US shipbuilder HII announced on 9 April that its Mission Technologies division had been awarded a $74m contract to research and develop enhanced capabilities for the Mk41 and Mk57 vertical launching systems (VLS) onboard US Navy surface vessels.

The task order, administered by the Naval Surface Warfare Center (NSWC) Port Hueneme Division, also applies to associated naval surface weapon systems, combat systems and sensors employed within the US Navy.

HII’s statement of work includes outfitting the first Zumwalt-class destroyer, the USS Michael Monsoor (DDG 1001), with the Mk57 vertical launch system universal canister electronics unit. The unit, developed by HII, allows the firing of any naval missile from any VLS cell on Zumwalt-class ships.

The company stated that it will also “leverage industry capabilities to support rapid design prototyping, technological improvements and engineering requirements associated with obsolescence issues”.

HII was awarded the recompeted task order under the US Department of Defense’s Information Analysis Center Multiple Award Contract vehicle and will last for a five-year term.

According to HII, most of the work will be performed in Syracuse, New York, and Arlington, Virginia. HII’s support to NSWC Port Hueneme is an extension of work performed under a previous contract awarded in 2021.

Zumwalt-class DDGs

The US Navy’s Zumwalt-class guided missile destroyers (DDGs) are cruiser-sized naval surface vessels intended to perform the full spectrum of surface warfare operations, particularly air defence. Planned to be a class of up to 12 vessels, the build of the Zumwalt DDGs was curtailed to just three vessels in favour of the development of the Flight III Arleigh Burke-class destroyers.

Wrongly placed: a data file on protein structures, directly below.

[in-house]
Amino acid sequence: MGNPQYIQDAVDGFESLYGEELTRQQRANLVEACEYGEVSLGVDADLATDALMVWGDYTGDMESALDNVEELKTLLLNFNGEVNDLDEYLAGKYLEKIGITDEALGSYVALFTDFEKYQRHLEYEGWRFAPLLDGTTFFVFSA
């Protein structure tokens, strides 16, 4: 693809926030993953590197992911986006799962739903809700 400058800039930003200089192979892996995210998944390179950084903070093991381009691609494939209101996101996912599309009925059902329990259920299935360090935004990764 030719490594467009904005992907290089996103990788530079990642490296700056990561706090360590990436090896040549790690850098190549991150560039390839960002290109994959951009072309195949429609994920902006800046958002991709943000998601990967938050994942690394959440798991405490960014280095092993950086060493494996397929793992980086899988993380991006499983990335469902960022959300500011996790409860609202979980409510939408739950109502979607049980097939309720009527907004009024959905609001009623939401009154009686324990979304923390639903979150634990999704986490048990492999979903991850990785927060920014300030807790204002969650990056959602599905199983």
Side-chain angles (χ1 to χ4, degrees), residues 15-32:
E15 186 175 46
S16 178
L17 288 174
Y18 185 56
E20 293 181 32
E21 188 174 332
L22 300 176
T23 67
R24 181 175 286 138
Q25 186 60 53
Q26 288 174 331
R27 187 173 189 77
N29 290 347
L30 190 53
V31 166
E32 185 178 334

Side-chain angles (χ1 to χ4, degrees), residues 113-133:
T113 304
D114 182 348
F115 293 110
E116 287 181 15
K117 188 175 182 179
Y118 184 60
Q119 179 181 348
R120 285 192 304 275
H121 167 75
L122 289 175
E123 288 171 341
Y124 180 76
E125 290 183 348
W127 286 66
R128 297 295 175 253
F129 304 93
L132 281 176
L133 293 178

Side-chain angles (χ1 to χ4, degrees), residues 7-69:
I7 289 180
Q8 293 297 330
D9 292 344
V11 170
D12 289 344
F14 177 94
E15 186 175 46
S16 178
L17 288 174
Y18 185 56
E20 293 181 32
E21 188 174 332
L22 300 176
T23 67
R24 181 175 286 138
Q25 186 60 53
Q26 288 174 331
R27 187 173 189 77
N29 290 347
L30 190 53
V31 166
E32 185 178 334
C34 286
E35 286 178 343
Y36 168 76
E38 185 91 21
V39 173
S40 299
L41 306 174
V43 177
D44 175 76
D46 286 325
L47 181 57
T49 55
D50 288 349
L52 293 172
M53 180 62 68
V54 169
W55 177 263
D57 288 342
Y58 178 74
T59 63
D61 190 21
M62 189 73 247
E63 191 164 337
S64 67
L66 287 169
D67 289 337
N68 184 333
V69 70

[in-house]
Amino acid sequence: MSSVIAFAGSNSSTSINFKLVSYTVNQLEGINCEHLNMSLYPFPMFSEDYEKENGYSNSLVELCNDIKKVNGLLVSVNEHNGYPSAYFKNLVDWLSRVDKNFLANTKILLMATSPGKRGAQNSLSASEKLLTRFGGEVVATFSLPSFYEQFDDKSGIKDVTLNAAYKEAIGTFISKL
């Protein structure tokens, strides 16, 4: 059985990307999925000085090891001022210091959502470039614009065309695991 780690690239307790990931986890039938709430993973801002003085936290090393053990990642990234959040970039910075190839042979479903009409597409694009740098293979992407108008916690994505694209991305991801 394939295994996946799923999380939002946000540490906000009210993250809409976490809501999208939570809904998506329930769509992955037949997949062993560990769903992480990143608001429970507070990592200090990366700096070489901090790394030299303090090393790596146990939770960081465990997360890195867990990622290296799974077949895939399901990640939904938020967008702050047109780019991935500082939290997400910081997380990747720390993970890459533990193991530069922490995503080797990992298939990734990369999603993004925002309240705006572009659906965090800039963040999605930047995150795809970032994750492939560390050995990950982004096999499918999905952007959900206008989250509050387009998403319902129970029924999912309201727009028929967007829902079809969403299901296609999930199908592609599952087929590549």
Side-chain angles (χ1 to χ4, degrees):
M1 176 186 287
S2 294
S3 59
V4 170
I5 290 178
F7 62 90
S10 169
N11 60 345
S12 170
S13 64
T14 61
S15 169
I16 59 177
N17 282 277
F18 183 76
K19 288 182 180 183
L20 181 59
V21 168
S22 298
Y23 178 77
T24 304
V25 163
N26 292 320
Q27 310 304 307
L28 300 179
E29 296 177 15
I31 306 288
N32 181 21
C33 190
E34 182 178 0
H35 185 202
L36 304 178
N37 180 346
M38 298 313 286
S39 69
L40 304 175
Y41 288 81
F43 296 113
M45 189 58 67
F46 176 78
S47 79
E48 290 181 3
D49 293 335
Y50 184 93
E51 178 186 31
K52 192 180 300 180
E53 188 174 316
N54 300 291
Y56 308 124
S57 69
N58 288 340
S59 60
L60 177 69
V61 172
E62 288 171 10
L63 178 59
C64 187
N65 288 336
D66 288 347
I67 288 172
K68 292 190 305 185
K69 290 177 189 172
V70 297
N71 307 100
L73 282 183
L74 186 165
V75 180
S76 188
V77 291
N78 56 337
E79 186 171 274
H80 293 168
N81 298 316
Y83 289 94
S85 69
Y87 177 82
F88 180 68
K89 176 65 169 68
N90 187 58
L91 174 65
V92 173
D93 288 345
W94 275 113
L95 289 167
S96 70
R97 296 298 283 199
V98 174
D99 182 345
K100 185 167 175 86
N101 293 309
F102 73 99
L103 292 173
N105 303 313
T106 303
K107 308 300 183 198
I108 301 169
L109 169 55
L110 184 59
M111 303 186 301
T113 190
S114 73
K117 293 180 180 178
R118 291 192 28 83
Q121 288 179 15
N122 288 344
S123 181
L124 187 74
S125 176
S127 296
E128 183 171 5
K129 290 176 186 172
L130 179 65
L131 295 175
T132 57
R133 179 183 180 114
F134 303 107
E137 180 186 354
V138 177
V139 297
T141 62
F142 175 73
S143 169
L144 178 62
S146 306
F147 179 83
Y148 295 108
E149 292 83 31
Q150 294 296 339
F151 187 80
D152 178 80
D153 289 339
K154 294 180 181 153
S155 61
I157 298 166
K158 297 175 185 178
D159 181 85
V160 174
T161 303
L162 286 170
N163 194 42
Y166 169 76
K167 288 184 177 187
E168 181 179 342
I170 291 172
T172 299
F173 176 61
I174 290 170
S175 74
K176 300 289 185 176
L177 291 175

Unique amongst the world’s naval warships, the Zumwalt class design uses a ‘tumblehome’ hull form, in which the hull slopes inward from above the waterline. This significantly reduces the radar cross-section since such a slope returns a much less defined radar image rather than a more hard-angled hull form.

The Mk57 VLS installed on the Zumwalt class is a solution based on the peripheral vertical launch system (PVLS), consisting of 20 four-cell PVLS situated around the perimeter of the deck, rather than the usual centrally located VLS. This is intended to reduce the ship’s vulnerability to a single hit.

The advanced vertical launch system (AVLS) that forms the basis of the PVLS was developed by BAE Systems Land and Armaments and Raytheon and designated the Mk57 system.

Missile systems include Tactical Tomahawk, also known as the Block V(a/b)/Maritime Strike Tomahawk, which is the latest variant of the legacy cruise missile, marinised for anti-ship performance as well as maintaining a land attack capability. Other missile carried include the Standard Missile (SM) 3 and the Evolved Sea Sparrow (ESSM) for air defence.

Separate to the AVLS is the forthcoming Conventional Prompt Strike (CPS) system – a hypersonic missile structure – which is being integrated onto the Zumwalt class by HII, in replacement of the 155mm twin main guns originally fitted.